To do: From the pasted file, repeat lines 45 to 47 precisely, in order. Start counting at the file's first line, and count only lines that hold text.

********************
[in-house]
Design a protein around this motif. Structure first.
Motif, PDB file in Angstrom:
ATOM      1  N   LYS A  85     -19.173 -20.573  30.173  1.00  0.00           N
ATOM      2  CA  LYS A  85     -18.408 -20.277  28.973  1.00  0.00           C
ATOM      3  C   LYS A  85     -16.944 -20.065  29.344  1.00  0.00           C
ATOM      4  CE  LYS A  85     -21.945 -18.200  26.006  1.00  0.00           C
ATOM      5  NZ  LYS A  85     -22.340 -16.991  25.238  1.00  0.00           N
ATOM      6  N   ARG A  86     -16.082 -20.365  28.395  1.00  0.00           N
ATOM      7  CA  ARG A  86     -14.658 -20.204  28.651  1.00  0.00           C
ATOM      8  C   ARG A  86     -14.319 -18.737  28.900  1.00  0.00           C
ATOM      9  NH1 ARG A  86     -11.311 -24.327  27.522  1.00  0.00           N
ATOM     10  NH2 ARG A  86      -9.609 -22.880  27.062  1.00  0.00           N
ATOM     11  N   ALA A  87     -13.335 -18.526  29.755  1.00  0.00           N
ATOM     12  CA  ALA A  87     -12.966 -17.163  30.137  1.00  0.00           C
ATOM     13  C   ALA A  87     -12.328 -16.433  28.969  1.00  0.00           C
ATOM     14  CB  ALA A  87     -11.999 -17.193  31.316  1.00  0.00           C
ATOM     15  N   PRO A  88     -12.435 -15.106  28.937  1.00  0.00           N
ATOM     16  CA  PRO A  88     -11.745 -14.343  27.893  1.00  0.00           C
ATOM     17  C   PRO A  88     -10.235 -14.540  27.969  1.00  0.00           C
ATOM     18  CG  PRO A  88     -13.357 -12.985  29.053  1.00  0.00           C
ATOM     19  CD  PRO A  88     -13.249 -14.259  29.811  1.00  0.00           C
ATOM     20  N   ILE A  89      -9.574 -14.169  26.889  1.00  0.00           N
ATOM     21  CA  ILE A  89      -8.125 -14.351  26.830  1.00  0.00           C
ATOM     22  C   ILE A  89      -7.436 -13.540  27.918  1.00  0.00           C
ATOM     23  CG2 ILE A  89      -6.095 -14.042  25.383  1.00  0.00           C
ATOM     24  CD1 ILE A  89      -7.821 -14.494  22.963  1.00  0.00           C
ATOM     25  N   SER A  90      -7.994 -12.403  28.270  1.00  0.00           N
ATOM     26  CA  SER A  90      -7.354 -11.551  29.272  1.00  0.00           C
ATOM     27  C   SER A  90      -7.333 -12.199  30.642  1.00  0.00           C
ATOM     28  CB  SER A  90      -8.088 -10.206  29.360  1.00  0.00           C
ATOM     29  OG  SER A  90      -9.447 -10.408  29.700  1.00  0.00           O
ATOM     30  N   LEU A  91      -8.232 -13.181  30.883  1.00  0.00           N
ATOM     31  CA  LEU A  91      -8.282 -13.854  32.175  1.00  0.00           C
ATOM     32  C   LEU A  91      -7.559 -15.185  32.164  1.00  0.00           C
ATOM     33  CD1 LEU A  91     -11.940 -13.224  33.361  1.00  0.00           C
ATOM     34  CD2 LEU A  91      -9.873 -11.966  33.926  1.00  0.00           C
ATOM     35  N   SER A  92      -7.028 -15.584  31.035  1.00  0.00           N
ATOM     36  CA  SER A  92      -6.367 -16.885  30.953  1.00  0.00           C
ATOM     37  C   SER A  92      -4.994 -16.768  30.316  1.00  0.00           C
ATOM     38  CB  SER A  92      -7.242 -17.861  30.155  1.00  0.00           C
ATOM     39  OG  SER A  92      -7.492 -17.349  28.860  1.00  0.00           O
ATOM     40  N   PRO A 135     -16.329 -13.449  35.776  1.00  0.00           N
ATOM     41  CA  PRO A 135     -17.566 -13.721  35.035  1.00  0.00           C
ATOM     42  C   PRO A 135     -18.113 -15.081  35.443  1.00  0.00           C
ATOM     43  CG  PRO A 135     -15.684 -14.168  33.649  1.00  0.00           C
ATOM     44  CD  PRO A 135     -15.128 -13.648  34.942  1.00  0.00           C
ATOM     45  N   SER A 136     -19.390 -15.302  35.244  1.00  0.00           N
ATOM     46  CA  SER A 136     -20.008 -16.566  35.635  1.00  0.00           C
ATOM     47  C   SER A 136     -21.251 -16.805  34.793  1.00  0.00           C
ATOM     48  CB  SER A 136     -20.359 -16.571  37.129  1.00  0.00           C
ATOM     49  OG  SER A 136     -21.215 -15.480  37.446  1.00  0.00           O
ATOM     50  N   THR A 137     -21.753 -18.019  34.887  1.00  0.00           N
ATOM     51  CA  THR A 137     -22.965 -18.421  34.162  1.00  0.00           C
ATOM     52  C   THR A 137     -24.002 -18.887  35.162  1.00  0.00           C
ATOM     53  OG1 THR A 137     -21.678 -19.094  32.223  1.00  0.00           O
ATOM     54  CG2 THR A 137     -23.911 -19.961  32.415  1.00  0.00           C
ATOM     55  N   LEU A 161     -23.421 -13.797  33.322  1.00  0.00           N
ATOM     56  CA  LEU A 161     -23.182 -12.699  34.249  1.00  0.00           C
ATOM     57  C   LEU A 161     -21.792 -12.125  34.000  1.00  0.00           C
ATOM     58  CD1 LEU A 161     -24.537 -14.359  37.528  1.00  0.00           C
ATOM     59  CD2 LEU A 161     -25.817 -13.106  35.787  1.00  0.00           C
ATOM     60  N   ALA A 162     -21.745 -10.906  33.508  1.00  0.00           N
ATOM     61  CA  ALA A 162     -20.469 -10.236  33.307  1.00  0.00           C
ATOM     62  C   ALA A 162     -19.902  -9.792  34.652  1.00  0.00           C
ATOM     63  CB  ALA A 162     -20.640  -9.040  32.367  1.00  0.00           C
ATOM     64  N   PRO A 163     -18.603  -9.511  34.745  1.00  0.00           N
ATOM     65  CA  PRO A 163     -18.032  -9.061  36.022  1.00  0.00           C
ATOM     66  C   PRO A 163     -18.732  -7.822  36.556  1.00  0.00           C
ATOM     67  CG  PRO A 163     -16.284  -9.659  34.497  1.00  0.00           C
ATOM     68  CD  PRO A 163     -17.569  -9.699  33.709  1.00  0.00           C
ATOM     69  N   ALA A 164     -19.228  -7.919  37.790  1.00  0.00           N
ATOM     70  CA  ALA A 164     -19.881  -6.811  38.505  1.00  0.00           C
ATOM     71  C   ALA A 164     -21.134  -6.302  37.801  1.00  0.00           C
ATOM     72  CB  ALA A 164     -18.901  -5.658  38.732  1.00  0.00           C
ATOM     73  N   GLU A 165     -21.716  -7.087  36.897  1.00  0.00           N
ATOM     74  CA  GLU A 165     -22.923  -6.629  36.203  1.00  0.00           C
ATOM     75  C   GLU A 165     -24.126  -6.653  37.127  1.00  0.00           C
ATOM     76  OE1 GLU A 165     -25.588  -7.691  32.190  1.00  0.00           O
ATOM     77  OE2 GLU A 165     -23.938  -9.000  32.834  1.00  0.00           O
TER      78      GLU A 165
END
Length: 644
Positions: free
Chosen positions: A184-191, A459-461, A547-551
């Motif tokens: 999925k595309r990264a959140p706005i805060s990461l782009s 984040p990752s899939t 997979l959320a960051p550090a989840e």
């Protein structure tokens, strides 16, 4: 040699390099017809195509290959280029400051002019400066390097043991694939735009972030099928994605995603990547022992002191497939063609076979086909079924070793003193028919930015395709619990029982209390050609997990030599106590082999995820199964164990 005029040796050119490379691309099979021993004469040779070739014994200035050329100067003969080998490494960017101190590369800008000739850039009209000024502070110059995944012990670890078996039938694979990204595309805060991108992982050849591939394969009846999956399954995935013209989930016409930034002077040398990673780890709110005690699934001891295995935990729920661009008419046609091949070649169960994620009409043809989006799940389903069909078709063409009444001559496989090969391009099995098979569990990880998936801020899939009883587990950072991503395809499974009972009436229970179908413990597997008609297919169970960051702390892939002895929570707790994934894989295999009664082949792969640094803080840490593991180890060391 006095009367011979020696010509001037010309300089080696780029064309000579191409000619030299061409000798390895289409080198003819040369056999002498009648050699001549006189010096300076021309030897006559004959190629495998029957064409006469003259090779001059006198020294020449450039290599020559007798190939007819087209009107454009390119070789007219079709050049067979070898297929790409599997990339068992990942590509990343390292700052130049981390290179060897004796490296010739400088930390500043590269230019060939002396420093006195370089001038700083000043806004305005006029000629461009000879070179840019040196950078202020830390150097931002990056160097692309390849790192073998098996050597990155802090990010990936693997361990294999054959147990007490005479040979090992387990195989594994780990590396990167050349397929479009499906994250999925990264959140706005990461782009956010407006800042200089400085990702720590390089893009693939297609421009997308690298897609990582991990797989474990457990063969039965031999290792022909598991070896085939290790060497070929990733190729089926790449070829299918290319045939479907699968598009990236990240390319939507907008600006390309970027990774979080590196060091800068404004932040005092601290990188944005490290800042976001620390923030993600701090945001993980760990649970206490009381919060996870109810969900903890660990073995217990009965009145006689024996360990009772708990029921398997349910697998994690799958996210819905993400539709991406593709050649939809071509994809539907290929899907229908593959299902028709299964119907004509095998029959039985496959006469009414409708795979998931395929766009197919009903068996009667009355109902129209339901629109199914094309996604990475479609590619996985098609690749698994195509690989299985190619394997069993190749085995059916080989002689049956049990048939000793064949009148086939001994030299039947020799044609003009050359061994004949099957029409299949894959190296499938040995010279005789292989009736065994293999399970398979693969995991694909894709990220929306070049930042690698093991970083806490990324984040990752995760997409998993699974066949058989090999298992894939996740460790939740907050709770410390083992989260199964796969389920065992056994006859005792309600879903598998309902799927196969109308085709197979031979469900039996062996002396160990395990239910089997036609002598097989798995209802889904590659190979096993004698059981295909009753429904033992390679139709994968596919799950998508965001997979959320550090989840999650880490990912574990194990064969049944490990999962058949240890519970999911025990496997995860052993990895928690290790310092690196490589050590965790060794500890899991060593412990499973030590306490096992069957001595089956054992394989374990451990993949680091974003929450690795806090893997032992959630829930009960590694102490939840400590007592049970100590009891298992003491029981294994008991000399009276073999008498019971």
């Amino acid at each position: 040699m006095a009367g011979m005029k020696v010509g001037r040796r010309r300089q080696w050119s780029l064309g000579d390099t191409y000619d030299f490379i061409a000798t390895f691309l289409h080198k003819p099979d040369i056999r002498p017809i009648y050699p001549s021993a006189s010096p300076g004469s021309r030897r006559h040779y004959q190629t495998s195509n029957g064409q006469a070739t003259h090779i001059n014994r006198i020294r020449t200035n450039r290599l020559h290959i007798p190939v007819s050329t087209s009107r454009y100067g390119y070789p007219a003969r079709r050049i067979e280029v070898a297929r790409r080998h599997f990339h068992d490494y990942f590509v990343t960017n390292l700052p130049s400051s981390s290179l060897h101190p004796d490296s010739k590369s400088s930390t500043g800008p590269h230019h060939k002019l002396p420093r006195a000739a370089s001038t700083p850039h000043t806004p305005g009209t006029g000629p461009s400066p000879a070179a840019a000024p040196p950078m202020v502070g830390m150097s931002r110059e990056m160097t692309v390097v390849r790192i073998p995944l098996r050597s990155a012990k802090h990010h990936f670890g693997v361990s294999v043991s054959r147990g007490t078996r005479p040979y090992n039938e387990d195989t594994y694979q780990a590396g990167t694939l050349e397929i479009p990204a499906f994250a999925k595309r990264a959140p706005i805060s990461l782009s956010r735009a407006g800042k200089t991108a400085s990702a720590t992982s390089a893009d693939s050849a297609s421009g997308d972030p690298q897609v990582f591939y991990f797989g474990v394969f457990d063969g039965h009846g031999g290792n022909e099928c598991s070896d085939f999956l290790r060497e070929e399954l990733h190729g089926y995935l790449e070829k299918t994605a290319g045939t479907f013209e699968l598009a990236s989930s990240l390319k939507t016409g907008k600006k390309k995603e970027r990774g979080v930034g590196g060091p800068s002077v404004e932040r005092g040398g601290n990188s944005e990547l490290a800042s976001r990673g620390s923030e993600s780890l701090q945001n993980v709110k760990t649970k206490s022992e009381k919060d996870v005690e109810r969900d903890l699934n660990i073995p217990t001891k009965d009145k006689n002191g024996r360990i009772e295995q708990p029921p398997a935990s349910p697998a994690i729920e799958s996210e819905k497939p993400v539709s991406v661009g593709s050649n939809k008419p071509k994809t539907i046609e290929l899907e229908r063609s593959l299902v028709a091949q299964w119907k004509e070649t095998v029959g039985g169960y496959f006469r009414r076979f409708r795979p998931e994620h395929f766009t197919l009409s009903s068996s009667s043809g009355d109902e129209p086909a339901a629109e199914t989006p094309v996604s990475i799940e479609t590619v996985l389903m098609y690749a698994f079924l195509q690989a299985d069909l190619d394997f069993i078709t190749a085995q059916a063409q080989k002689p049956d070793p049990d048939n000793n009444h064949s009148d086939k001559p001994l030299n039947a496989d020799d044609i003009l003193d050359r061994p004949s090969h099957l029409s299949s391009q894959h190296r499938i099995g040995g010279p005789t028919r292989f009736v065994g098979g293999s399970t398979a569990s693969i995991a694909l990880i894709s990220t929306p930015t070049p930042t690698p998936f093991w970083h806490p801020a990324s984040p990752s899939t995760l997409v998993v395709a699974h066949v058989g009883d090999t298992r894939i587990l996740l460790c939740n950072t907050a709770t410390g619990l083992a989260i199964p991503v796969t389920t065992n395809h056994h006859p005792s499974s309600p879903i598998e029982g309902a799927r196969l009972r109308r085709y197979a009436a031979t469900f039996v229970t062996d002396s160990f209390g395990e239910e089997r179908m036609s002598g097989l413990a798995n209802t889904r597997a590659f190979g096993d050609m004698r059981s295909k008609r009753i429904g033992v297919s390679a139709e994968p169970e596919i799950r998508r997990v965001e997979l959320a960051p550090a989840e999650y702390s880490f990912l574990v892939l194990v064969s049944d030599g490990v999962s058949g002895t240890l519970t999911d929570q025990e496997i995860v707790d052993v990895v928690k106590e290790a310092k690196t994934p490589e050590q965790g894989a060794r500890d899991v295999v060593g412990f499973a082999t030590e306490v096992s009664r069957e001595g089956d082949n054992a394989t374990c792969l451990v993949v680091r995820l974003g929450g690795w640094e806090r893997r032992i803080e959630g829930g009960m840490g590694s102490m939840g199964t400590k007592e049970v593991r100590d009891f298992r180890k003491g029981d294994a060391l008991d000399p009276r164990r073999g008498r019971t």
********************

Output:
ATOM     42  C   PRO A 135     -18.113 -15.081  35.443  1.00  0.00           C
ATOM     43  CG  PRO A 135     -15.684 -14.168  33.649  1.00  0.00           C
ATOM     44  CD  PRO A 135     -15.128 -13.648  34.942  1.00  0.00           C